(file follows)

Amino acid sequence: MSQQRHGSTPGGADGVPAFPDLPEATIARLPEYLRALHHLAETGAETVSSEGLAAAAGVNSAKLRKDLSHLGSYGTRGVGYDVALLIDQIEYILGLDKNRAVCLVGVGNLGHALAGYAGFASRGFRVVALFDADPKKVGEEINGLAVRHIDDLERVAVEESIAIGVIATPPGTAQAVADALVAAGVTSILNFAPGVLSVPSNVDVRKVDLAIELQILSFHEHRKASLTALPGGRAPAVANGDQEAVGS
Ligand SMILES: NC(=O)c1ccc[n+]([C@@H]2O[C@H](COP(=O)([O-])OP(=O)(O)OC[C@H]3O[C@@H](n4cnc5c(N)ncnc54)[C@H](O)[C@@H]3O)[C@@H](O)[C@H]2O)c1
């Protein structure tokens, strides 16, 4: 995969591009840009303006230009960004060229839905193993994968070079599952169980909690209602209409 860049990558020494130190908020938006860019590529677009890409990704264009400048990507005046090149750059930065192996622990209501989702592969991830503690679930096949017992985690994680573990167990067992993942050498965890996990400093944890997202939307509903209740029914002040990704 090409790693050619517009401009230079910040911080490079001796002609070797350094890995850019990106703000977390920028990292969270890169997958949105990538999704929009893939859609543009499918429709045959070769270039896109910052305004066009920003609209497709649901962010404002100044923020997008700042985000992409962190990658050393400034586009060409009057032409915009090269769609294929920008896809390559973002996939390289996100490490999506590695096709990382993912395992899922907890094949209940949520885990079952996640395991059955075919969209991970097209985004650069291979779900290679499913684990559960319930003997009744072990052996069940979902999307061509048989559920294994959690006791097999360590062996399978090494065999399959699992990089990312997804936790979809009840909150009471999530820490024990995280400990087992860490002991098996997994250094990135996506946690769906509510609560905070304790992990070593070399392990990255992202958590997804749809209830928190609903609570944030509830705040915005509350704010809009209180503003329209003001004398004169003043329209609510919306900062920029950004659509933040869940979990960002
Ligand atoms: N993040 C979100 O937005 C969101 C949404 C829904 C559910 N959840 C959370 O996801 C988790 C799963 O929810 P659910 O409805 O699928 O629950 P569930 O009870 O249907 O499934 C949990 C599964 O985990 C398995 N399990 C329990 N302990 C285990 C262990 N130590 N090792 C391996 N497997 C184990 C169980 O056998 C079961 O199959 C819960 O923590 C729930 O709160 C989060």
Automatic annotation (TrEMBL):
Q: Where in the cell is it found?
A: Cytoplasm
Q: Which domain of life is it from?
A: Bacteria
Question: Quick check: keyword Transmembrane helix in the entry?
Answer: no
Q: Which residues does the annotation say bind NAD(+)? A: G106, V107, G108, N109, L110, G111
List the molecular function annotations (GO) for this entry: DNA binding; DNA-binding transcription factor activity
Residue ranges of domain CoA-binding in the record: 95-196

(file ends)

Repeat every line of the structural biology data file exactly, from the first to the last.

Amino acid sequence: MSQQRHGSTPGGADGVPAFPDLPEATIARLPEYLRALHHLAETGAETVSSEGLAAAAGVNSAKLRKDLSHLGSYGTRGVGYDVALLIDQIEYILGLDKNRAVCLVGVGNLGHALAGYAGFASRGFRVVALFDADPKKVGEEINGLAVRHIDDLERVAVEESIAIGVIATPPGTAQAVADALVAAGVTSILNFAPGVLSVPSNVDVRKVDLAIELQILSFHEHRKASLTALPGGRAPAVANGDQEAVGS
Ligand SMILES: NC(=O)c1ccc[n+]([C@@H]2O[C@H](COP(=O)([O-])OP(=O)(O)OC[C@H]3O[C@@H](n4cnc5c(N)ncnc54)[C@H](O)[C@@H]3O)[C@@H](O)[C@H]2O)c1
């Protein structure tokens, strides 16, 4: 995969591009840009303006230009960004060229839905193993994968070079599952169980909690209602209409 860049990558020494130190908020938006860019590529677009890409990704264009400048990507005046090149750059930065192996622990209501989702592969991830503690679930096949017992985690994680573990167990067992993942050498965890996990400093944890997202939307509903209740029914002040990704 090409790693050619517009401009230079910040911080490079001796002609070797350094890995850019990106703000977390920028990292969270890169997958949105990538999704929009893939859609543009499918429709045959070769270039896109910052305004066009920003609209497709649901962010404002100044923020997008700042985000992409962190990658050393400034586009060409009057032409915009090269769609294929920008896809390559973002996939390289996100490490999506590695096709990382993912395992899922907890094949209940949520885990079952996640395991059955075919969209991970097209985004650069291979779900290679499913684990559960319930003997009744072990052996069940979902999307061509048989559920294994959690006791097999360590062996399978090494065999399959699992990089990312997804936790979809009840909150009471999530820490024990995280400990087992860490002991098996997994250094990135996506946690769906509510609560905070304790992990070593070399392990990255992202958590997804749809209830928190609903609570944030509830705040915005509350704010809009209180503003329209003001004398004169003043329209609510919306900062920029950004659509933040869940979990960002
Ligand atoms: N993040 C979100 O937005 C969101 C949404 C829904 C559910 N959840 C959370 O996801 C988790 C799963 O929810 P659910 O409805 O699928 O629950 P569930 O009870 O249907 O499934 C949990 C599964 O985990 C398995 N399990 C329990 N302990 C285990 C262990 N130590 N090792 C391996 N497997 C184990 C169980 O056998 C079961 O199959 C819960 O923590 C729930 O709160 C989060």
Automatic annotation (TrEMBL):
Q: Where in the cell is it found?
A: Cytoplasm
Q: Which domain of life is it from?
A: Bacteria
Question: Quick check: keyword Transmembrane helix in the entry?
Answer: no
Q: Which residues does the annotation say bind NAD(+)? A: G106, V107, G108, N109, L110, G111
List the molecular function annotations (GO) for this entry: DNA binding; DNA-binding transcription factor activity
Residue ranges of domain CoA-binding in the record: 95-196